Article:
Here’s what I mean by “Poetry at the Intersection of Mythology …”

Have you seen Werner Herzog’s film Cave of Forgotten Dreams?  Petroglyphs in the American Southwest?  Stone circles in Great Britain?  These sights fascinate me, propelling my imagination into the past, driving me to speculate about the individuals and cultures who left their artistic and ceremonial marks on the planet long ago.  I’m especially interested in possible transition points–a culture’s breakthroughs, crises, turning points–and the art that may reflect  these moments.  Although pegging “Meaning” to the artistic remains of ancient times is fraught with interpretive pitfalls, I am nevertheless drawn to try.  Thus my poetry engages things past and Paleo:  myths of origin, defunct deities, legends of encounters with animals and gods, and how humans have traced their stories of these encounters using pigment, branch, and stone.

One angle of vision into the past is, for me, food.  What and how do we eat, and more importantly, what meanings do we attach to growing, cooking, eating?  As I amend my own family’s diet to incorporate the local and the healthful, I am driven to consider what others eat, and ate, to survive, and what systems of symbolism arose to account for our choices–and what cultural values are revealed in that process.  As I grapple with my own reluctance to handle and prepare meat, I consider our human origins as carnivores and the ethical implications of living at the top of the food chain.  As I share the delights and frustrations of vegetable-gardening with my five year old, I reflect on the rituals of agricultural peoples present and past.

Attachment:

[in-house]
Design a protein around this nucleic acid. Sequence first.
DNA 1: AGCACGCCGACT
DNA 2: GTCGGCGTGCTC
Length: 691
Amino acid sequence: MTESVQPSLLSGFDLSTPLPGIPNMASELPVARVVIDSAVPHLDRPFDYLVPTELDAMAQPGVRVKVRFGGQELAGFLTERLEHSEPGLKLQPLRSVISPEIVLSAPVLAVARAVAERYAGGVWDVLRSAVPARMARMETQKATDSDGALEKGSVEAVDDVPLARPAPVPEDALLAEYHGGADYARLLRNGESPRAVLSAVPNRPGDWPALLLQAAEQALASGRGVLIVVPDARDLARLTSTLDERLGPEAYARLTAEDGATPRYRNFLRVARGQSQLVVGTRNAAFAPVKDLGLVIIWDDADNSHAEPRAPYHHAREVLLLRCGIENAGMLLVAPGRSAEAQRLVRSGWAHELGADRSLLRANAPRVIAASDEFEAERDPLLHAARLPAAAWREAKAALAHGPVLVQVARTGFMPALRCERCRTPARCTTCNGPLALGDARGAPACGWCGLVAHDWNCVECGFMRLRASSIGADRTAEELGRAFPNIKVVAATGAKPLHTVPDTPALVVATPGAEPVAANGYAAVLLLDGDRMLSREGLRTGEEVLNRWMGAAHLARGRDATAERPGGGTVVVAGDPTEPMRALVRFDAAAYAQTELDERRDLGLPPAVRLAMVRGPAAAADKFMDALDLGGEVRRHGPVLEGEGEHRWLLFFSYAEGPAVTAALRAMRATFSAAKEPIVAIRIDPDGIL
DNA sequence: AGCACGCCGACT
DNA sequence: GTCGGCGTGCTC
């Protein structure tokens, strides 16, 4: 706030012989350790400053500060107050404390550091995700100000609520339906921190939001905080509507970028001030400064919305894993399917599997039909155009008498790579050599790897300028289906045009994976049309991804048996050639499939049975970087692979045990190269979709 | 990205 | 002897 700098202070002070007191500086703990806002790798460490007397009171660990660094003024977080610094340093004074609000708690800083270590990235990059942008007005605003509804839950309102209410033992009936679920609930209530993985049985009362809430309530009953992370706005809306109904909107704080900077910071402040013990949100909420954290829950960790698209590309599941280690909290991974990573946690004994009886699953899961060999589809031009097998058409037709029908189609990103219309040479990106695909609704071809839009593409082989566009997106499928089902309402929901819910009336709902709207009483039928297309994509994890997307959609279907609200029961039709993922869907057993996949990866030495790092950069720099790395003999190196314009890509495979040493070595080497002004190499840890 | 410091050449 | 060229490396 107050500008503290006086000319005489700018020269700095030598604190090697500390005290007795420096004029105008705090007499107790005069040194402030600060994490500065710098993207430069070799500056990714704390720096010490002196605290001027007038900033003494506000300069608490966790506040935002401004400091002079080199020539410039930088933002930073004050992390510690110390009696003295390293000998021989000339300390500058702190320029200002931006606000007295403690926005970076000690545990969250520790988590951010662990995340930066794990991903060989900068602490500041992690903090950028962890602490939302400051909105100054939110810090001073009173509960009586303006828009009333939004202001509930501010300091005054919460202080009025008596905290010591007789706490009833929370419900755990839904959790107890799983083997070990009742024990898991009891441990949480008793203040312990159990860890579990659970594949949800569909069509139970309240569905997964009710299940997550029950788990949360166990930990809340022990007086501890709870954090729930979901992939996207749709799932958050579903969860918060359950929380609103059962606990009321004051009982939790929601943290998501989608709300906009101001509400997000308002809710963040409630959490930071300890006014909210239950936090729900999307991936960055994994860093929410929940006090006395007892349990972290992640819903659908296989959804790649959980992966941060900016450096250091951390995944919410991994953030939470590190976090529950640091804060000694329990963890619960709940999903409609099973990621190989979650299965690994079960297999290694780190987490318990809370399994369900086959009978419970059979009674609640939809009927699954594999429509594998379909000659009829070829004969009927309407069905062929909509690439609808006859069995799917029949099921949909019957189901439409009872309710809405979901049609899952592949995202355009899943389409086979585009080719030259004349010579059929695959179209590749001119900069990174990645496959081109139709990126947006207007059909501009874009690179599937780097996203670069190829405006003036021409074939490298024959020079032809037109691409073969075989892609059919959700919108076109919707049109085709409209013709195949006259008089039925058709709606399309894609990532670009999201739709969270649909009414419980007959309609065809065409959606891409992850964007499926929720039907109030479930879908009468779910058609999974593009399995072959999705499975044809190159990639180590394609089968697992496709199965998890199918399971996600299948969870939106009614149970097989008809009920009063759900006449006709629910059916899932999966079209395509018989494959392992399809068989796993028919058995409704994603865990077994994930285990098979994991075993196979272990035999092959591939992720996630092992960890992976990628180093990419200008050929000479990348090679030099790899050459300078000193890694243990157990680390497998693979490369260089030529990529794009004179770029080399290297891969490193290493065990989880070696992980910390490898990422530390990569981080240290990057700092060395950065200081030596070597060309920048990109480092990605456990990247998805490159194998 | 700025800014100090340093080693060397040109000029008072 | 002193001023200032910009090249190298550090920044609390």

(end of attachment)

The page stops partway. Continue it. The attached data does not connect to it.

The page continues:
These experiences find their way into many of the poems I write.  For about seven years, now, I’ve been compiling my poems into a book-length manuscript provisionally titled “About the Food Chain, and Other Pointed Questions for the Deity.”  So far, this manuscript has failed to find print, either by winning a first-book or a chapbook competition (though one variant of it did make it to the Finalist level of Tupelo Press’s Snowbound Chapbook Award in 2007).  That seems to be just as well, however, since the poems keep coming, and the compilation keeps morphing in unexpectedly interesting directions.  Thanks for keeping me company as I continue writing my way through these obsessions.

And more, soon, about the “Hiking” part.

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